Mark Walker is the publisher of the Penticton Western News.

 

 

Just Posted

JAK's Liquor Store in Penticton will be donating 10 per cent of its sales on Saturday, June 19, to the Penticton Salvation Army Food Bank. (Photo from JAKS.com)
Stock up your liquor cabinet and support the Penticton food bank

Jak’s beer and wine store is donating a portion of sales to local food banks Saturday

The illegal open fire above Naramata continues to smoke on Friday, June 18. The fire was left to burn itself out by BC Wildfire. (Monique Tamminga - Western News)
Illegal open burn in Naramata will be left to smoke

BC Wildfire could not confirm whether the property owner had been fined

A tent housing a mobile vaccination clinic. (Interior Health/Contributed)
Over 5K jabbed at Interior Health mobile COVID-19 vaccine clinics

The clinics have made stops in more than 40 communities since launching last week

Rob and Anthony are the city’s new parking ambassadors who are sharing information with businesses and the public about the new pay parking. (Monique Tamminga - Western News)
Penticton hires team to inform people on city’s new pay parking system

The pair will spend at least a month helping businesses and residents navigate new pay parking system

Provincial Health Officer Dr. Bonnie Henry talks about B.C.’s plan to restart the province during a press conference at Legislature in Victoria, Tuesday, May 25, 2021. THE CANADIAN PRESS/Chad Hipolito
Interior Health COVID-19 cases falling slower than the rest of B.C.

More than a third of provincial cases announced Thursday came from the Interior

A small pod of Pacific white-sided dolphins pass by close to shore in Campbell River June 16, 2021. Still capture from video courtesy of Kimberly Hart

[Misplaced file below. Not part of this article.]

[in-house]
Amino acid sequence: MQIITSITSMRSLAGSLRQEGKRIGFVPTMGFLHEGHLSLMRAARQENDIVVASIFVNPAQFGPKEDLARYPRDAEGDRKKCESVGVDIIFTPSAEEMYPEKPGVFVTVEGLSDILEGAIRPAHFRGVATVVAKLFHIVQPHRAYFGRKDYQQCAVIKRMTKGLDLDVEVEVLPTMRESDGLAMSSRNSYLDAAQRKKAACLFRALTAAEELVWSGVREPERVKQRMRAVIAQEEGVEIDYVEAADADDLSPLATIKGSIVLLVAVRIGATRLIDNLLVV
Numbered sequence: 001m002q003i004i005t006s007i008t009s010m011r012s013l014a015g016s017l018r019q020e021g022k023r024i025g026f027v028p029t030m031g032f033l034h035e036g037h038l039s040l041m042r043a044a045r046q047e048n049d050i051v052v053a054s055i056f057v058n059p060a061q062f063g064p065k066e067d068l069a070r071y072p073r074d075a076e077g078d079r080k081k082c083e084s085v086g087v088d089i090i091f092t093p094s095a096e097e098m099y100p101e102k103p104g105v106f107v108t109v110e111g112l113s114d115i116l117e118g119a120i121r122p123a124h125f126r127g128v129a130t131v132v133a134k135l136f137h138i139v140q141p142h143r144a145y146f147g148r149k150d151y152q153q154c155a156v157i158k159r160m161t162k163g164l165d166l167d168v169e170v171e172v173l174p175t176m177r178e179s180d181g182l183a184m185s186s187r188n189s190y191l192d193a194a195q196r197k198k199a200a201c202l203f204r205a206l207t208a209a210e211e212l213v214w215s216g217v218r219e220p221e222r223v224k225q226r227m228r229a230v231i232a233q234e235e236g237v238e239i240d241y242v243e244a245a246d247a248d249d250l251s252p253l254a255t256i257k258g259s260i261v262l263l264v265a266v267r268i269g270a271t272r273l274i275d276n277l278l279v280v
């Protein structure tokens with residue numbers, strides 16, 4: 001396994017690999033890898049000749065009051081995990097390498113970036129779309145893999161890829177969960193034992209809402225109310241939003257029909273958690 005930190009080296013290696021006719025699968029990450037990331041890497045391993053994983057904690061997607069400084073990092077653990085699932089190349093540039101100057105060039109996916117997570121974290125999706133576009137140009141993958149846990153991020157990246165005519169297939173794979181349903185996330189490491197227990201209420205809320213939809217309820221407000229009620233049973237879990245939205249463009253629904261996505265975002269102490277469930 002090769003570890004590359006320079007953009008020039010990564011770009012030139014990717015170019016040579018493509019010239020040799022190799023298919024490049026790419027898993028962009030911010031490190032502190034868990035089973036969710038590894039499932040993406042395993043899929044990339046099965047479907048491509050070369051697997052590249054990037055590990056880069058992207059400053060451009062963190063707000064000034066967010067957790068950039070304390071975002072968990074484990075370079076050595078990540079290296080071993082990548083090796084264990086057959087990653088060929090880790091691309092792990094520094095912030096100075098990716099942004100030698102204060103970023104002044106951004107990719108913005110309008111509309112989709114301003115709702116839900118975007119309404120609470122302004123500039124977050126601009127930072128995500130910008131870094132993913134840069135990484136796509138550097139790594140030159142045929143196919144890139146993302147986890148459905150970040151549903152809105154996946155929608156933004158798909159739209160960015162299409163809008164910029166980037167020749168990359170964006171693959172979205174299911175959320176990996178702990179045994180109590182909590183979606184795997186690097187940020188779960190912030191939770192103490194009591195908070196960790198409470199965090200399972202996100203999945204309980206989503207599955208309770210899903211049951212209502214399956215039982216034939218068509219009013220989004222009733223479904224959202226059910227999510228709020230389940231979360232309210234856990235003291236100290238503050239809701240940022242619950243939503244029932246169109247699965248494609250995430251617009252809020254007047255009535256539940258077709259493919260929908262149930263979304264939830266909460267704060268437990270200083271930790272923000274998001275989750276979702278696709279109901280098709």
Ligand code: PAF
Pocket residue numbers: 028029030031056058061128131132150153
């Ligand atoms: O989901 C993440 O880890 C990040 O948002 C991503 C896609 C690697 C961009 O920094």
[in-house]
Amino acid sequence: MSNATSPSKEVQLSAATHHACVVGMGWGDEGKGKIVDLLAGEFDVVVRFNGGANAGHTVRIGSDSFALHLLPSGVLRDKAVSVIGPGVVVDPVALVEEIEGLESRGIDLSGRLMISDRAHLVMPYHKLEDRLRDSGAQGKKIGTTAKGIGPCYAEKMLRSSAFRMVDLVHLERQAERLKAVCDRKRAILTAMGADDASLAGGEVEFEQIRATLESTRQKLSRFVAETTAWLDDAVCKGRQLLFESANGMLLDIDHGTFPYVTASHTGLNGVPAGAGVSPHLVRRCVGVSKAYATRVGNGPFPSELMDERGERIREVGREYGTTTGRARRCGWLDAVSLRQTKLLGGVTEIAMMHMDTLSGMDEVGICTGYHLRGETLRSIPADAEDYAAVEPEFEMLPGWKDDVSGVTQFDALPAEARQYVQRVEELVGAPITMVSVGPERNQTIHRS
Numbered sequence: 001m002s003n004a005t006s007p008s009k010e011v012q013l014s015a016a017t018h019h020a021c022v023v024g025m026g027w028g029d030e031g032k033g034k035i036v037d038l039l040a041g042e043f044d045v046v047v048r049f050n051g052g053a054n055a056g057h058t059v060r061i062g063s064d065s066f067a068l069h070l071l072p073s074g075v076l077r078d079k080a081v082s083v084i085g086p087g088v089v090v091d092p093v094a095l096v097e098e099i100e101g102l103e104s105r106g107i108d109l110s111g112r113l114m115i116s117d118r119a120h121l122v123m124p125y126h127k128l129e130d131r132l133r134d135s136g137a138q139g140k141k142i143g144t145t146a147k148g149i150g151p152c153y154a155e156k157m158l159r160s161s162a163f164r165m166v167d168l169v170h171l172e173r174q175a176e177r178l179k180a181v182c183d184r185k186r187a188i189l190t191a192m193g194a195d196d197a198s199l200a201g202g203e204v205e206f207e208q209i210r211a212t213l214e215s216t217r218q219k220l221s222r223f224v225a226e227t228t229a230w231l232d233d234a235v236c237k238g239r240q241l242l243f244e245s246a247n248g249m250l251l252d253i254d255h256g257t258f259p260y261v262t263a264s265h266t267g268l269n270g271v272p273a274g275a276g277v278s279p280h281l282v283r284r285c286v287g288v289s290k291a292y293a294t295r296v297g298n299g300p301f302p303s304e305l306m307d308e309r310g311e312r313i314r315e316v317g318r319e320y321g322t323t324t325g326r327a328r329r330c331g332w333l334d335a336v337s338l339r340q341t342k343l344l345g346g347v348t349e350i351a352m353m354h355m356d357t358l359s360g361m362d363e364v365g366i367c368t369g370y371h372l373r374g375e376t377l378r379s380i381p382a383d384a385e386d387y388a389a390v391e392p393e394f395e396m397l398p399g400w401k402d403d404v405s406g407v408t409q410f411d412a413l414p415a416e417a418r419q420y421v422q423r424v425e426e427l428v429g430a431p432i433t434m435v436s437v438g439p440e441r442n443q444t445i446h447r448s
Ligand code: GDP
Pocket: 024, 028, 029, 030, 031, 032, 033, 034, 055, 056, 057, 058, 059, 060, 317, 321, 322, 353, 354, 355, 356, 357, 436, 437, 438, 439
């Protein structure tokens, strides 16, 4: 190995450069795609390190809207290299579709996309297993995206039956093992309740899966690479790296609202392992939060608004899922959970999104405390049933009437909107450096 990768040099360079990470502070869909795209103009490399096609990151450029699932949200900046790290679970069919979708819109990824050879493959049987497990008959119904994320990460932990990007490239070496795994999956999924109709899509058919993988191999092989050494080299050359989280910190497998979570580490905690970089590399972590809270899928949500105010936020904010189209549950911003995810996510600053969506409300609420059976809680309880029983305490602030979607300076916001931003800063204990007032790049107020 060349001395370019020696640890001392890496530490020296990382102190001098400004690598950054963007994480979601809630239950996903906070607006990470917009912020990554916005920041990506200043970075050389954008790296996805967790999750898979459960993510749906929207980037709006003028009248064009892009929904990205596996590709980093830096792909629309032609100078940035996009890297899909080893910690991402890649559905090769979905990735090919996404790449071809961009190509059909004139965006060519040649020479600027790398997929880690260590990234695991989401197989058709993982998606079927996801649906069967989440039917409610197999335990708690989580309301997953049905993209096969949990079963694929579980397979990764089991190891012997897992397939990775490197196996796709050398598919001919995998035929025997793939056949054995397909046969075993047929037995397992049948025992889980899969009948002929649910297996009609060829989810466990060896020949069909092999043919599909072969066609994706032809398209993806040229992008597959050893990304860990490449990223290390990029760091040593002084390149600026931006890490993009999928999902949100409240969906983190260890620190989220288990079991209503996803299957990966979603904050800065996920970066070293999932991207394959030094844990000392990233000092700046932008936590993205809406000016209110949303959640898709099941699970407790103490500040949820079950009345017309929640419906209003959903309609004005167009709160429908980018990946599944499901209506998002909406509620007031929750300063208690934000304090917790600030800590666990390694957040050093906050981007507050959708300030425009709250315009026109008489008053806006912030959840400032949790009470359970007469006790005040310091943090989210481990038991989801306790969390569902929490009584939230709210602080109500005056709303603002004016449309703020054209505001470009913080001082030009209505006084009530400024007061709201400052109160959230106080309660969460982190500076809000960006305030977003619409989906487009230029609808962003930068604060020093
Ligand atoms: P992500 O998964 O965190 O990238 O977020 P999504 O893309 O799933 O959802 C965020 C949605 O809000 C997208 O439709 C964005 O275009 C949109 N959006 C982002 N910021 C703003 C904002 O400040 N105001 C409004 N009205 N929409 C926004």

VIDEO: Dolphin sunset captured from Vancouver Island shore

Spectacular setting for view of travelling pod of Pacific white-sided dolphins

Central Okanagan Grade 12 grads are set to get $500 each after a more than $1 million donation from a Kelowna couple. (File photo)
Donors who gave $1M to Central Okanagan grads want to send positive message

Anonymous donors identified as Kelowna entrepreneurs Lance and Tammy Torgerson

Chief Public Health Officer Theresa Tam listens to a question during a news conference, in Ottawa, Tuesday, Jan. 12, 2021. The number of confirmed COVID-19 cases attributed to the highly contagious Delta variant grew in Canada this week. THE CANADIAN PRESS/Adrian Wyld
Canada’s public health agency reports spike in confirmed cases of Delta variant

More than 2,000 cases of the variant confirmed across all 10 provinces and in one territory

An Armstrong family that lost their home to a fire on Wednesday still hasn’t found their cat as of Friday, June 18, 2021. (Facebook photo)
Family cat still missing, days after fire destroys Armstrong home

There were no injuries from Wednesday’s blaze, but two days later there’s still no sign of the white feline

Bella Bella is on B.C.’s Central Coast, accessible only by air and ocean. (Tom Fletcher/Black Press)
B.C. provides $22 million for Heiltsuk development on Central Coast

Elders care home project, tourism, lumber mill supported

The federal government says it wants to ban most flavoured vaping products in a bid to reduce their appeal to youth. THE CANADIAN PRESS/AP-Craig Mitchelldyer
Health Canada proposes ban on most vaping flavours it says appeal to youth

If implemented, the regulations would restrict all e-cigarette flavours except tobacco, mint and menthol

Seth Rogen’s vibrant orange sculpture was sold for $7,000 above Vancouver Art Gallery’s initial estimation at auction Tuesday. June 15. (Heffel Fine Arts)
Vase made by Seth Rogen sells for $12,000 at Vancouver auction

The B.C.-born comedian has a new pot habit and it’s paying off

BC Lions running back John White IV (3) runs with the ball during first quarter CFL football action against the Ottawa Redblacks in Ottawa on Saturday, September 21, 2019. THE CANADIAN PRESS/ Patrick Doyle
BC Lions file trademark for new logo

Canadian Football League team files for new design on June 1

Emergency crews responded to Highway 97 after a motorcycle incident. (John Arendt - Summerland Review)
Motorcyclist taken to hospital after collision on Highway 97

It is not known the extent of their injuries

Most Read